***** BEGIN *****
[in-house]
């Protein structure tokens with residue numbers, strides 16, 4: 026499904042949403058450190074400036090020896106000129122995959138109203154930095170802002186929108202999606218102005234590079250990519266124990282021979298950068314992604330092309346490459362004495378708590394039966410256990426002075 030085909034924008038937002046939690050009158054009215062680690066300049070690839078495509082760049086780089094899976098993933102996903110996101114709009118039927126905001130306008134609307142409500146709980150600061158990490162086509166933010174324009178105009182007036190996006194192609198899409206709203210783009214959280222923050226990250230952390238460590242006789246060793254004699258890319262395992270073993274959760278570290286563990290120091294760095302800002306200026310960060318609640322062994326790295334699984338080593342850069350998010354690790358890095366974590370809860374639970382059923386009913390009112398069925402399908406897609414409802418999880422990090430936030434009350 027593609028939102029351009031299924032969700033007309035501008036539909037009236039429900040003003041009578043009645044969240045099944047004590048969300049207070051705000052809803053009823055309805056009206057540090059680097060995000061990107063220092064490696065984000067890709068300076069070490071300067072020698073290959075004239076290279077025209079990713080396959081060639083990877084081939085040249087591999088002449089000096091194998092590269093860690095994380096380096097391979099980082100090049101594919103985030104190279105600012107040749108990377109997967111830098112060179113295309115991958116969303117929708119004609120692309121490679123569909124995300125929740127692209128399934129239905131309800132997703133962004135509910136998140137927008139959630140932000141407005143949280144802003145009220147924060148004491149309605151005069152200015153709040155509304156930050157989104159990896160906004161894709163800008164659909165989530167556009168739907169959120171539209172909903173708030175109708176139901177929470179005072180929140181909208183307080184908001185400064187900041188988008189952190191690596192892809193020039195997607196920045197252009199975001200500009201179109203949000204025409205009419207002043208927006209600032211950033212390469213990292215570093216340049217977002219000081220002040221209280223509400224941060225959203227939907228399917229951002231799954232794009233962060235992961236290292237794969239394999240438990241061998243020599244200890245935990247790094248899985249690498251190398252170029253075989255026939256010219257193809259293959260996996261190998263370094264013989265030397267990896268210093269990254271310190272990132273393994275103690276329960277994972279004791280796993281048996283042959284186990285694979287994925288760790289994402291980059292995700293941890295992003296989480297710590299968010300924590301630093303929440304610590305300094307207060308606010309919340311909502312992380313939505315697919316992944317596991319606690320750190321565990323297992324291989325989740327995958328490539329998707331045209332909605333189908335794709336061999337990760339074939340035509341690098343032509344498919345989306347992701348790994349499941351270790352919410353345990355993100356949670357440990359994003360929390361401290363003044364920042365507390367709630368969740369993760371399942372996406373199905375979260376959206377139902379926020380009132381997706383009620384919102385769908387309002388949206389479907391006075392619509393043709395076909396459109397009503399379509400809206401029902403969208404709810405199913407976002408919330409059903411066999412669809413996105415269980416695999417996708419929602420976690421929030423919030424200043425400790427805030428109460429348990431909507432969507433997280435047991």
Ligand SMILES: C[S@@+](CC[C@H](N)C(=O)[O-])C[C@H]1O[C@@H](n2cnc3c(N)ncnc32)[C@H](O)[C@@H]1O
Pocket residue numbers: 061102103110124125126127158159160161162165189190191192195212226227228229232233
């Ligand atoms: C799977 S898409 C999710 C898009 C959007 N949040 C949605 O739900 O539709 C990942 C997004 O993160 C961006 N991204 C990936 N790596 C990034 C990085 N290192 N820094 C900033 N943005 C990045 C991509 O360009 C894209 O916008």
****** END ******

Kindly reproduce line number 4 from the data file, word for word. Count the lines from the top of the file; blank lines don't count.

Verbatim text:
Pocket residue numbers: 061102103110124125126127158159160161162165189190191192195212226227228229232233